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A formal approach to poverty?

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With colleagues Oliver Knight and Simon Gill at rubbish tip - click for bigger picture
With colleagues Oliver Knight and Simon Gill at rubbish tip

In Tanzania, as in many African countries, there is evidence of the informal economy wherever you look. As you walk through the streets of Dar Es Salaam, there are small stalls everywhere, selling fruit and veg, plants, mobile phone sim cards and all sorts of other goods. There are men selling second hand shoes out of plastic bags and unofficial ‘taxis’ everywhere. When you are in areas populated by ‘wazungu’ (Europeans) there are sellers of paintings, bags, masks and Maasai jewellery, not to mention the various touts wanting to show you around, take you on tours, carry your bags and teach you Swahili. When you are driving, an extraordinary range of items will be waved at you through the car window – so far this week I have noted hat stands, laminated maps of Tanzania, ironing boards, nuts and fruits, ice creams, men’s shirts, and second hand copies of Hello! magazine.

There are many downsides to so many people being reliant on the informal economy – poor pay and no job security, and a lack of tax revenue for the government being just some. However this week I have seen an example of one of the possible up-sides. This weekend, while on a trip to the beach with two environment advisers, I had the ‘privilege’ of visiting a rubbish tip (perils of hanging out with environment advisers!).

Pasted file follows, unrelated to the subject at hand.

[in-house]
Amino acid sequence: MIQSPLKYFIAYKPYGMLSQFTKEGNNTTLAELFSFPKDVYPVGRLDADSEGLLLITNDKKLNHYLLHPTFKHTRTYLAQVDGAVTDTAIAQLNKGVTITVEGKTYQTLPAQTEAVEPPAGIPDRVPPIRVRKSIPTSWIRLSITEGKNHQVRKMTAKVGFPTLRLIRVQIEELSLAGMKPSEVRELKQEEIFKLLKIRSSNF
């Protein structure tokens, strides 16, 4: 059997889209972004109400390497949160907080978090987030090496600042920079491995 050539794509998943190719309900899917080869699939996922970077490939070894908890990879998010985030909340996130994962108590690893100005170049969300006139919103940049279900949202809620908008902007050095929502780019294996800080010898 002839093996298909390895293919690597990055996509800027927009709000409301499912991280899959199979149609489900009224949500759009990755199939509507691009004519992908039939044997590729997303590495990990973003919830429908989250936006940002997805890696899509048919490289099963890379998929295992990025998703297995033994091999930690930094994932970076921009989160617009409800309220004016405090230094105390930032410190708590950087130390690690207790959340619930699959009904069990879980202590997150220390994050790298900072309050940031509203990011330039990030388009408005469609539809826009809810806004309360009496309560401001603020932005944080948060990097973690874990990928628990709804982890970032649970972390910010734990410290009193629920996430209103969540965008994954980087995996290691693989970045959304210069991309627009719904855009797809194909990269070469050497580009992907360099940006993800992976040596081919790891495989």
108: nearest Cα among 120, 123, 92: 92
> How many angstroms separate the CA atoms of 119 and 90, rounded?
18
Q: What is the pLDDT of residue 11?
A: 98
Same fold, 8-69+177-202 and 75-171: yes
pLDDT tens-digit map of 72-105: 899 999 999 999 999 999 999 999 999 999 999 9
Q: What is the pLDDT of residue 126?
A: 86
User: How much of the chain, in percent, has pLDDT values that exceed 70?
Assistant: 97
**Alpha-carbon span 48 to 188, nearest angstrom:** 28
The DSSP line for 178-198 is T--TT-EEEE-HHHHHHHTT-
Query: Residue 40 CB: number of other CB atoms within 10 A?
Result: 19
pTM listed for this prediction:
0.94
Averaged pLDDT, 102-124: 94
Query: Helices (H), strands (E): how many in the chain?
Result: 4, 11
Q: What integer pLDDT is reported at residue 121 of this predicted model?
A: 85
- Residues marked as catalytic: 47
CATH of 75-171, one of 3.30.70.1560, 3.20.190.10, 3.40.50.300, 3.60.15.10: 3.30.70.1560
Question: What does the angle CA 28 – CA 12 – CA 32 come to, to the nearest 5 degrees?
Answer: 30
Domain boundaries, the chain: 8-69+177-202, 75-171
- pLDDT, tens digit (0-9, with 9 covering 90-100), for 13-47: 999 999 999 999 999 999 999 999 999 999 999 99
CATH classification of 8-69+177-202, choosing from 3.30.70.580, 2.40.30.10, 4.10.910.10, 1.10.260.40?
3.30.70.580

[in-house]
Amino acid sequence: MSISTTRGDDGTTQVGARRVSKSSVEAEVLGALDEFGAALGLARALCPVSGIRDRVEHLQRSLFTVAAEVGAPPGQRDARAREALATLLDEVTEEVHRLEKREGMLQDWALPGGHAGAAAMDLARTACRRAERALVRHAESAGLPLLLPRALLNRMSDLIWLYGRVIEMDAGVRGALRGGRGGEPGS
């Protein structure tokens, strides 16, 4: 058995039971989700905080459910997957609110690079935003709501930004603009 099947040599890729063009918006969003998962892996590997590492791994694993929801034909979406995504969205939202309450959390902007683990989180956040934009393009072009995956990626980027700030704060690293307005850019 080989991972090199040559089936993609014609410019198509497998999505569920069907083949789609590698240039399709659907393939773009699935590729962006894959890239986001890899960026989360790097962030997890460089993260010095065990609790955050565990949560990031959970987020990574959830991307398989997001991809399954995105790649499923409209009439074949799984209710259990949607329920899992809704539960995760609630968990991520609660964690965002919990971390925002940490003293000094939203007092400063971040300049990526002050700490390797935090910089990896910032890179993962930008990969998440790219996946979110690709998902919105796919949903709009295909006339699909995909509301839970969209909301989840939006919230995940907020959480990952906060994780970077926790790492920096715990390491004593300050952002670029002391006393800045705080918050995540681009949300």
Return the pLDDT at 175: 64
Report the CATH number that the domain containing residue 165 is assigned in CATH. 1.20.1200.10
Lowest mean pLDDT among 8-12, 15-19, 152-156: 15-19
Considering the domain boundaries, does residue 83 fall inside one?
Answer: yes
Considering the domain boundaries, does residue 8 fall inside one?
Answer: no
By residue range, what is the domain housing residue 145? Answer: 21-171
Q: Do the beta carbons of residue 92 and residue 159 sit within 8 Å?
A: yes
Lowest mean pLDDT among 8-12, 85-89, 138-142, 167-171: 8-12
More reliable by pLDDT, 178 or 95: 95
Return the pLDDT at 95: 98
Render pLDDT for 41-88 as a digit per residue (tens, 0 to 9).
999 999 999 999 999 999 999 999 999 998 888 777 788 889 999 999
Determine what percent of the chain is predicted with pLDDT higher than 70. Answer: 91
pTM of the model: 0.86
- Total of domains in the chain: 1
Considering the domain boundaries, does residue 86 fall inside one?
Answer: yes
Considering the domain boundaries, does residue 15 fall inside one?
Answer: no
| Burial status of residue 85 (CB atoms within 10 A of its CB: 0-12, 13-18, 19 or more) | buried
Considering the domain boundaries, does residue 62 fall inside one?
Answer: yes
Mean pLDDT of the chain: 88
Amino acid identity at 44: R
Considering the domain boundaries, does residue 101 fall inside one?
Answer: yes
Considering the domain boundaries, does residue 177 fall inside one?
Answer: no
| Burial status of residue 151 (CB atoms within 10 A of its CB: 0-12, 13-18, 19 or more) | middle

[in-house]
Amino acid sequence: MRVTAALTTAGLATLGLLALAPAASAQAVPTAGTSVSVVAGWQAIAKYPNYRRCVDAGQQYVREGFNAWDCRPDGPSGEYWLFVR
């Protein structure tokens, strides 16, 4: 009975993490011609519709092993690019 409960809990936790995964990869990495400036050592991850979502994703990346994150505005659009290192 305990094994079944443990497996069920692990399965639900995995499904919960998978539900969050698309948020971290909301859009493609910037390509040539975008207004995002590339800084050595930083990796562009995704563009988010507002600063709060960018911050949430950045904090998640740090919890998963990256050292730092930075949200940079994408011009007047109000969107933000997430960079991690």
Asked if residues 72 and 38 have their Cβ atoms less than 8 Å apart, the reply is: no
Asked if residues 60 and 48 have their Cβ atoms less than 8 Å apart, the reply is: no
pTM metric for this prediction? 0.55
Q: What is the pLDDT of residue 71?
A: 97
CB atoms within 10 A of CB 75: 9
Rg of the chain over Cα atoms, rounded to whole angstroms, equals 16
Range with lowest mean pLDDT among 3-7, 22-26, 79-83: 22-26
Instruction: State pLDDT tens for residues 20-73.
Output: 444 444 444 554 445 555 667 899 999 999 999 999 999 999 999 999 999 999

Plastic bottles sorted from the rubbish - click for bigger picture
Plastic bottles sorted from the rubbish

One of the interesting things about it was the fact that people were sorting the rubbish for recycling. Not in the systematic way that recycling is sorted in the UK, where council’s provide us with boxes to sort out our own paper and cans. This is an informal money making scheme, but itmeans that a large proportion of the rubbish is sorted and removed from the tip – plastics, metals and anything useful.

The sprawling rubbish tip - click for bigger picture
The sprawling rubbish tip

However the lack of a formal rubbish collection system means that rubbish just spills down the road. We saw men playing football on a pitch half covered in plastic bags, and cows eating from the decomposing waste. The health implications for the people sorting through the rubbish are also obvious to all. What interested my companions was the potential to 'formalise' the sector by investigating recycling options and possibly energy-from-waste plants...which would help to meet rising electricity demand.

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  1. Comment by Adam Hooper posted on

    Unfortunately, Dar es Salaam (at least, Tabata, the district where I lived) doesn't have garbage collection. People burn all their garbage--including plastic bags--in the ditches outside their houses.

    I was told there used to be garbage collection in Tabata but the government backed out of it. Wouldn't it be neat to fund garbage collection by sorting through the garbage for scraps after collecting it....